(i) Whether the request to examine witnesses was sufficiently reasoned and relevant to the subject matter of the accusation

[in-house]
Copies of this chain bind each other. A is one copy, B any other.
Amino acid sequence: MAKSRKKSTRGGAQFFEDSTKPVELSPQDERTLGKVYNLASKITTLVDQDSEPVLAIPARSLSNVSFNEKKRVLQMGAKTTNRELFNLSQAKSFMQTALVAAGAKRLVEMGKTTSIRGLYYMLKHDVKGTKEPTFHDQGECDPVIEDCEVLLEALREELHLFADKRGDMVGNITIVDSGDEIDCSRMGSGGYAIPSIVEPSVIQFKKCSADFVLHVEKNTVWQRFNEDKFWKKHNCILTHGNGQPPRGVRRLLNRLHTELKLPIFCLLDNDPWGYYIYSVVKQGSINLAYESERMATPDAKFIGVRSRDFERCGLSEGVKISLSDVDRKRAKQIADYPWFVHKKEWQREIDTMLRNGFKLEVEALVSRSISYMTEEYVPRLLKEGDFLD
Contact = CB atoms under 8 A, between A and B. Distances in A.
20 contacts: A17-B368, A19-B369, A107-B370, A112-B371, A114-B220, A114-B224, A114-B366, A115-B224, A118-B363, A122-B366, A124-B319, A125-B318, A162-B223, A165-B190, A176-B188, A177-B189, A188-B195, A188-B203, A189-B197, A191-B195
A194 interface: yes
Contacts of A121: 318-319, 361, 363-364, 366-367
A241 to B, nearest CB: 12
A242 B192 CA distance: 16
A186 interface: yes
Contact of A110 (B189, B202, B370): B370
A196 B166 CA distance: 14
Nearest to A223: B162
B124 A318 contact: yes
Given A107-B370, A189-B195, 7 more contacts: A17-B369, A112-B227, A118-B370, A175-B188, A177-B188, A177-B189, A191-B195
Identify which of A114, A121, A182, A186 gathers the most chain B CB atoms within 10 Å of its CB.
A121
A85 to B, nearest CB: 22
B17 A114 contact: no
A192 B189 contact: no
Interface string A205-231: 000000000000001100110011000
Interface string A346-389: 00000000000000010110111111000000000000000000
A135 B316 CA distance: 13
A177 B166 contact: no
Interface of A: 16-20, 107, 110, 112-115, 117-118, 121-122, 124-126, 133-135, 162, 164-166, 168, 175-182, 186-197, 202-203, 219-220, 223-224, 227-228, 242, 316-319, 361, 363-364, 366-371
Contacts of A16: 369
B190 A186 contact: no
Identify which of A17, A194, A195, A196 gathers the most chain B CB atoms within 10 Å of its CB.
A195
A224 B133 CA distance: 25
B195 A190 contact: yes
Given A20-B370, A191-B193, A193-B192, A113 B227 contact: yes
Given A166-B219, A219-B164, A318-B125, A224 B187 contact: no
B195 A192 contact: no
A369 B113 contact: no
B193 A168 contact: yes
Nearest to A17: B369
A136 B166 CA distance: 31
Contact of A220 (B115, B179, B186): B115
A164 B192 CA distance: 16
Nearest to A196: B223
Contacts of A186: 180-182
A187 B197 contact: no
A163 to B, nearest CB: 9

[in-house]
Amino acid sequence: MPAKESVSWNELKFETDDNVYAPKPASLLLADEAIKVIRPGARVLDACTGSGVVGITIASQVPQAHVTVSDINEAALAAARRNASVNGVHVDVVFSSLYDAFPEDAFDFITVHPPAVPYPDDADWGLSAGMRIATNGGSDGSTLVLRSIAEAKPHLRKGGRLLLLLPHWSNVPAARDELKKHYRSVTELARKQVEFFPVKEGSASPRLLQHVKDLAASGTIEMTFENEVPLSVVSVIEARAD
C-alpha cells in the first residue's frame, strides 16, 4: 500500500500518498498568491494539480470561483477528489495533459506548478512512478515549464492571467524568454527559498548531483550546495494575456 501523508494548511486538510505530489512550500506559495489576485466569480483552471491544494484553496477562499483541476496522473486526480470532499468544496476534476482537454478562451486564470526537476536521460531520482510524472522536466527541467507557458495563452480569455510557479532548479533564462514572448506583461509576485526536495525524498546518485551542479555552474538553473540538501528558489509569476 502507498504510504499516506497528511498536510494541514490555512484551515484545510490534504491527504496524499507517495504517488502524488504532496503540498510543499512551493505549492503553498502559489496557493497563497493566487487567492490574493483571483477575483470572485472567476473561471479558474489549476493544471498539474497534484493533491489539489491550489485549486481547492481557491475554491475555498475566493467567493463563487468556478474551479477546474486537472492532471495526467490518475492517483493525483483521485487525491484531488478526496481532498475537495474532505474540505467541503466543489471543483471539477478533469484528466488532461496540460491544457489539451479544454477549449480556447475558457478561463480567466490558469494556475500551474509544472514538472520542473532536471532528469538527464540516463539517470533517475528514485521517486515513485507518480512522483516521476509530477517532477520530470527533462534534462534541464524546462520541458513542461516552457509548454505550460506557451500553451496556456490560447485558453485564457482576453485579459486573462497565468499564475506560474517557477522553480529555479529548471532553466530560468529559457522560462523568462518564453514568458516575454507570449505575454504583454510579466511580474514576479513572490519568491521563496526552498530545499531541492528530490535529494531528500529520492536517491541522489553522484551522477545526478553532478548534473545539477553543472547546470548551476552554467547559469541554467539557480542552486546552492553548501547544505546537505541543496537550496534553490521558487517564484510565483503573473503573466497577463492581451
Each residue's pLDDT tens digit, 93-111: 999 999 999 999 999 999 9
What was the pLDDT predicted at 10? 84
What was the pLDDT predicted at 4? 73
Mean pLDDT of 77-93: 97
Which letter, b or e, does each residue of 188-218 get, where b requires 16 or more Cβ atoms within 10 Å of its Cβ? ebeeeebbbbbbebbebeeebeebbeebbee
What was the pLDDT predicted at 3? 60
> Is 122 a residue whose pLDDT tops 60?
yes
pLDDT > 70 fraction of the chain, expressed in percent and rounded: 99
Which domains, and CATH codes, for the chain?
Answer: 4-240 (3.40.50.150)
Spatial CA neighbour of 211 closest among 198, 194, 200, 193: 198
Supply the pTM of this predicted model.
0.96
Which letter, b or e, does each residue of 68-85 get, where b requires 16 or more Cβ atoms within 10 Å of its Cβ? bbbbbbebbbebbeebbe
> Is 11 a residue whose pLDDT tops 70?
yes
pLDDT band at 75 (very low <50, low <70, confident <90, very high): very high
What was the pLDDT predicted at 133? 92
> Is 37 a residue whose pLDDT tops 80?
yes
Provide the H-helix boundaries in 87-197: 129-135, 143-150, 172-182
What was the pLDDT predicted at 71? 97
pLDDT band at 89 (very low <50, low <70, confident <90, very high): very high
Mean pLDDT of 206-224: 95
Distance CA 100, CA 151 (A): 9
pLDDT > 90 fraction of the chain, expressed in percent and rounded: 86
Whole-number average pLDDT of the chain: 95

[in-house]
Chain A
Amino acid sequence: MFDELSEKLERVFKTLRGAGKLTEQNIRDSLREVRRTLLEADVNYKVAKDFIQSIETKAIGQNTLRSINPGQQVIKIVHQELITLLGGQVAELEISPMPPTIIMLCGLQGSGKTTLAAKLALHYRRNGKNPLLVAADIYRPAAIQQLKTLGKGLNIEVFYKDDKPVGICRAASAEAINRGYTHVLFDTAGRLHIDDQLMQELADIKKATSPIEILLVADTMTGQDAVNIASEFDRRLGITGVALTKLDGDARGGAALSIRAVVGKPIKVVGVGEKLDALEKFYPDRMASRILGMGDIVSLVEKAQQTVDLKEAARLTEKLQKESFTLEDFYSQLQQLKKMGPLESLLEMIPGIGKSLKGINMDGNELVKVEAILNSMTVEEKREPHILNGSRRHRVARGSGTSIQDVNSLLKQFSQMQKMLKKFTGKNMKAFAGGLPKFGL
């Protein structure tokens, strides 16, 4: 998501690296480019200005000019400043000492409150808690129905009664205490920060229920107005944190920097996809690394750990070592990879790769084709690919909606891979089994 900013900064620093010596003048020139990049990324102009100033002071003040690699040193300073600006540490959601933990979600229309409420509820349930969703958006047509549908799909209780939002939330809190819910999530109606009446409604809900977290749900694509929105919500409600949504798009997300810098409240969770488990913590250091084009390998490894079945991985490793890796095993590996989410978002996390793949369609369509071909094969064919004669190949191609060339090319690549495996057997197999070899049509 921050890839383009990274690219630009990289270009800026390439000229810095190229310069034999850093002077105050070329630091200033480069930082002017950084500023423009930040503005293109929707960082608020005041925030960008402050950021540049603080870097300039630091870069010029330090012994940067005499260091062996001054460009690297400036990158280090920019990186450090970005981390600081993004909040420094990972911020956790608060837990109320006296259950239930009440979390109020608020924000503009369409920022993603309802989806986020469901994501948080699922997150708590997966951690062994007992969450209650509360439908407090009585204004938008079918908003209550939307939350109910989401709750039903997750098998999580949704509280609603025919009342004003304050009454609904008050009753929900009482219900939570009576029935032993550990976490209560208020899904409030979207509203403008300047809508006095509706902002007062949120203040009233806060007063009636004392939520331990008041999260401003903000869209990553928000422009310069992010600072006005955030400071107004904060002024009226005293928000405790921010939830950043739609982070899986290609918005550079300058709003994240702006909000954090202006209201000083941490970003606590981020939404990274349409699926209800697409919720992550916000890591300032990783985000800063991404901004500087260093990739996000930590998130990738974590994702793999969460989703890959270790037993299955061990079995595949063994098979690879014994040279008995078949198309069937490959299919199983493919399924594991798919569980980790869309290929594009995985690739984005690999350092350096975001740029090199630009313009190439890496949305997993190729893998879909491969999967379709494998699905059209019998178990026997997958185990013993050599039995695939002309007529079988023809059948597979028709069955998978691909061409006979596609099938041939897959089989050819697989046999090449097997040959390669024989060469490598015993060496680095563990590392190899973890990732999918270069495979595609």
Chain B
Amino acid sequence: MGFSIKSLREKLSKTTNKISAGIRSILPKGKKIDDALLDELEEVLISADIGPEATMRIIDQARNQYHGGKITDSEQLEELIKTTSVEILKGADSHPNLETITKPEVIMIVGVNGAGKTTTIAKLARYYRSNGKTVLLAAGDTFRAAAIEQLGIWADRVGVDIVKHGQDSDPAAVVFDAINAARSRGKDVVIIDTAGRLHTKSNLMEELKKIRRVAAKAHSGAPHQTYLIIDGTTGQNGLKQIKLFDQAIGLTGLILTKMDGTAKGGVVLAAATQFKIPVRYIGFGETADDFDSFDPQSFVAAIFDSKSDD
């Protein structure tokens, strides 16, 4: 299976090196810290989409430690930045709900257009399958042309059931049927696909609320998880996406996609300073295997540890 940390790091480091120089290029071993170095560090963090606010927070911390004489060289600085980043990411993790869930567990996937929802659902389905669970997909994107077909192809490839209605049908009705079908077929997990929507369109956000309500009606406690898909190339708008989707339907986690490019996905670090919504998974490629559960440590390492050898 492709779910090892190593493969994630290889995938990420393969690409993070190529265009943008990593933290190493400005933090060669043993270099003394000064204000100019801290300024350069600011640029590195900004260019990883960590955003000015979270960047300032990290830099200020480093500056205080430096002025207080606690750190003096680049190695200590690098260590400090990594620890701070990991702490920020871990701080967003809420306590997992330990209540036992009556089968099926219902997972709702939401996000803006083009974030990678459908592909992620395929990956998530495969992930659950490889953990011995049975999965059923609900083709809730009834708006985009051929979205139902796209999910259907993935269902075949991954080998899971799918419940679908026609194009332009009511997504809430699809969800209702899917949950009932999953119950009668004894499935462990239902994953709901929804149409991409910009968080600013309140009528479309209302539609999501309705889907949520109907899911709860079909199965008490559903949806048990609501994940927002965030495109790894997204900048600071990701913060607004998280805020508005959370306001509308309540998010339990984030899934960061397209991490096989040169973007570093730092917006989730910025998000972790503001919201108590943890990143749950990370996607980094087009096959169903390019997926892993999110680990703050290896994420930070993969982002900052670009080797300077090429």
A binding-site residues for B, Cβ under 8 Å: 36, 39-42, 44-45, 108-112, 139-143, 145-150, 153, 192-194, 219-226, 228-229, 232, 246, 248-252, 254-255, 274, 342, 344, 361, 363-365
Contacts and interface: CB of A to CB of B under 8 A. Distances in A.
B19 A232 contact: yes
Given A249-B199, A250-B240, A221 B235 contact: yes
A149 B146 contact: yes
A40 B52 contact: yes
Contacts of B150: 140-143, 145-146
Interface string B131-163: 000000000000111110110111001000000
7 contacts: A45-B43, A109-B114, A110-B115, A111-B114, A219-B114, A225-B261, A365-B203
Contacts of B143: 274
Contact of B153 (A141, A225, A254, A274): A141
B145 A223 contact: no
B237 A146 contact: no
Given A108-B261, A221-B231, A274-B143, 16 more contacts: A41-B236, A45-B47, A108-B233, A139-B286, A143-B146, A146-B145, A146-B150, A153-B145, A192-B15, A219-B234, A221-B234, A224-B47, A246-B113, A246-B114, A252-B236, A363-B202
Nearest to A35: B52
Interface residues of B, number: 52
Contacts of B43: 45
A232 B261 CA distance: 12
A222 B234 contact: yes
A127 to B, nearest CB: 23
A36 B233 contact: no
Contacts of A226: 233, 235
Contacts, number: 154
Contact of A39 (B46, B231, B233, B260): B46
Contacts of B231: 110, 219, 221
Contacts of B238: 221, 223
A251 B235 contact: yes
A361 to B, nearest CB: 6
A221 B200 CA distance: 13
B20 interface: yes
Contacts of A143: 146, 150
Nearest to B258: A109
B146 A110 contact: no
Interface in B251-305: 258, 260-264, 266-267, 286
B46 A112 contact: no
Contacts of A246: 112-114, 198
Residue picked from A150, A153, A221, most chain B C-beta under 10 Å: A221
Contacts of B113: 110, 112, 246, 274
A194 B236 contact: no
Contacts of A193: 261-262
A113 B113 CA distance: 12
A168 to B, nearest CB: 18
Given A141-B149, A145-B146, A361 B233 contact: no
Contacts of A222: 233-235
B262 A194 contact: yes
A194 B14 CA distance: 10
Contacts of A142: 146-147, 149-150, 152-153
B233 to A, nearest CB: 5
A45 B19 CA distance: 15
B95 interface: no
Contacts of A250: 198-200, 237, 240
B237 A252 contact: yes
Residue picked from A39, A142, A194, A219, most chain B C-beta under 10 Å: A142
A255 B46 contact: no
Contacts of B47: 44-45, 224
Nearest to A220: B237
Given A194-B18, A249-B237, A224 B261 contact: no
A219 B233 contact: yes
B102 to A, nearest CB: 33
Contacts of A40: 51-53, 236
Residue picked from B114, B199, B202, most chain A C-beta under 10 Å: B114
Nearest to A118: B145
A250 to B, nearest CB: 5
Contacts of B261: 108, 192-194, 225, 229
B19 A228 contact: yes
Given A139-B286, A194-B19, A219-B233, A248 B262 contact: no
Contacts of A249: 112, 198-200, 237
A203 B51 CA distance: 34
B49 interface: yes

38. As the transcript of the trial indicates, the applicant’s lawyer requested the District Court to summon B., G., K., Kl., T. and Ye. because they were eyewitnesses to the protest action on 2 August 2004 at the Ministry. Relying on Article 6 §§ 1 and 3 (d) of the Convention, he stated that everyone had the right to obtain the attendance and examination of witnesses on their behalf under the same conditions as witnesses against him (see paragraphs 18-19 above). The Court notes that in her request to summon witnesses the applicant did not state, either directly or indirectly, how, in her opinion, the testimony of those six witnesses would have been relevant to the examination of the case and how it could have influenced the outcome of the proceedings against her. For example, she did not specify that they could have testified that she had not taken part in the protest action on 2 August 2004, thereby rebutting the testimony of prosecution witnesses in that respect. Nor did she state that she could have been acquitted in relation to the protest on the basis of their testimony or that their testimony could have strengthened her defence (see Murtazaliyeva, cited above, § 160) or that she did not have the power, unlike the domestic court, to secure the attendance of witnesses who had already been convicted and imprisoned. Furthermore, the content of the applicant’s statement of appeal was similar to her request to the District Court and did not contain any specific reasons as to why the attendance and examination of those witnesses had been necessary in her case.